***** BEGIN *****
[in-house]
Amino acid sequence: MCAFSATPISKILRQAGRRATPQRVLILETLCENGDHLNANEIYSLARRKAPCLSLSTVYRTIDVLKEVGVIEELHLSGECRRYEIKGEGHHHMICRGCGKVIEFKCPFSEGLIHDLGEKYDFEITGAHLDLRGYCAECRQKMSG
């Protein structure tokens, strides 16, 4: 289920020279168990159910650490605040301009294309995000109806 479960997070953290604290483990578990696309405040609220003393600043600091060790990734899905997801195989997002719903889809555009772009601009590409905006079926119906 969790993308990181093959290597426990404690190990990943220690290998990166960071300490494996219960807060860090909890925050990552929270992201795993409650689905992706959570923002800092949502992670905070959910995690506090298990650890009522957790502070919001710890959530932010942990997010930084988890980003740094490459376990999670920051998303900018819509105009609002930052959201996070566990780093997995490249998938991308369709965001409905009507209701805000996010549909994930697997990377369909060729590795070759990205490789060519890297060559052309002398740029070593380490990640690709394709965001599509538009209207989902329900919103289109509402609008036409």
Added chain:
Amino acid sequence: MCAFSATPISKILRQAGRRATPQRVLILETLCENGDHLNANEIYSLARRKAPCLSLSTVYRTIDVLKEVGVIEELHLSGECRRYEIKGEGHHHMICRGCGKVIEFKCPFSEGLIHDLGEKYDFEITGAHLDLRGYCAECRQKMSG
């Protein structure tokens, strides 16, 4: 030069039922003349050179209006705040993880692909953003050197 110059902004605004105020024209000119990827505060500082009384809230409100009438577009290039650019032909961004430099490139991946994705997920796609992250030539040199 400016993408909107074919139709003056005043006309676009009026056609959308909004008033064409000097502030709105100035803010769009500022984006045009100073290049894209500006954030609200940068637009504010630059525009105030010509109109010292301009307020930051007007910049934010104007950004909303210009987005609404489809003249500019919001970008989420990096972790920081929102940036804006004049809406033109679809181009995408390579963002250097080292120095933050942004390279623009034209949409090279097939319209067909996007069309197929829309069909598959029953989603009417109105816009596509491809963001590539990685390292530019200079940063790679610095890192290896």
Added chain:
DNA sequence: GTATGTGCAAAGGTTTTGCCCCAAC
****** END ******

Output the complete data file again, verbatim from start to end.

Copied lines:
[in-house]
Amino acid sequence: MCAFSATPISKILRQAGRRATPQRVLILETLCENGDHLNANEIYSLARRKAPCLSLSTVYRTIDVLKEVGVIEELHLSGECRRYEIKGEGHHHMICRGCGKVIEFKCPFSEGLIHDLGEKYDFEITGAHLDLRGYCAECRQKMSG
């Protein structure tokens, strides 16, 4: 289920020279168990159910650490605040301009294309995000109806 479960997070953290604290483990578990696309405040609220003393600043600091060790990734899905997801195989997002719903889809555009772009601009590409905006079926119906 969790993308990181093959290597426990404690190990990943220690290998990166960071300490494996219960807060860090909890925050990552929270992201795993409650689905992706959570923002800092949502992670905070959910995690506090298990650890009522957790502070919001710890959530932010942990997010930084988890980003740094490459376990999670920051998303900018819509105009609002930052959201996070566990780093997995490249998938991308369709965001409905009507209701805000996010549909994930697997990377369909060729590795070759990205490789060519890297060559052309002398740029070593380490990640690709394709965001599509538009209207989902329900919103289109509402609008036409």
Added chain:
Amino acid sequence: MCAFSATPISKILRQAGRRATPQRVLILETLCENGDHLNANEIYSLARRKAPCLSLSTVYRTIDVLKEVGVIEELHLSGECRRYEIKGEGHHHMICRGCGKVIEFKCPFSEGLIHDLGEKYDFEITGAHLDLRGYCAECRQKMSG
């Protein structure tokens, strides 16, 4: 030069039922003349050179209006705040993880692909953003050197 110059902004605004105020024209000119990827505060500082009384809230409100009438577009290039650019032909961004430099490139991946994705997920796609992250030539040199 400016993408909107074919139709003056005043006309676009009026056609959308909004008033064409000097502030709105100035803010769009500022984006045009100073290049894209500006954030609200940068637009504010630059525009105030010509109109010292301009307020930051007007910049934010104007950004909303210009987005609404489809003249500019919001970008989420990096972790920081929102940036804006004049809406033109679809181009995408390579963002250097080292120095933050942004390279623009034209949409090279097939319209067909996007069309197929829309069909598959029953989603009417109105816009596509491809963001590539990685390292530019200079940063790679610095890192290896």
Added chain:
DNA sequence: GTATGTGCAAAGGTTTTGCCCCAAC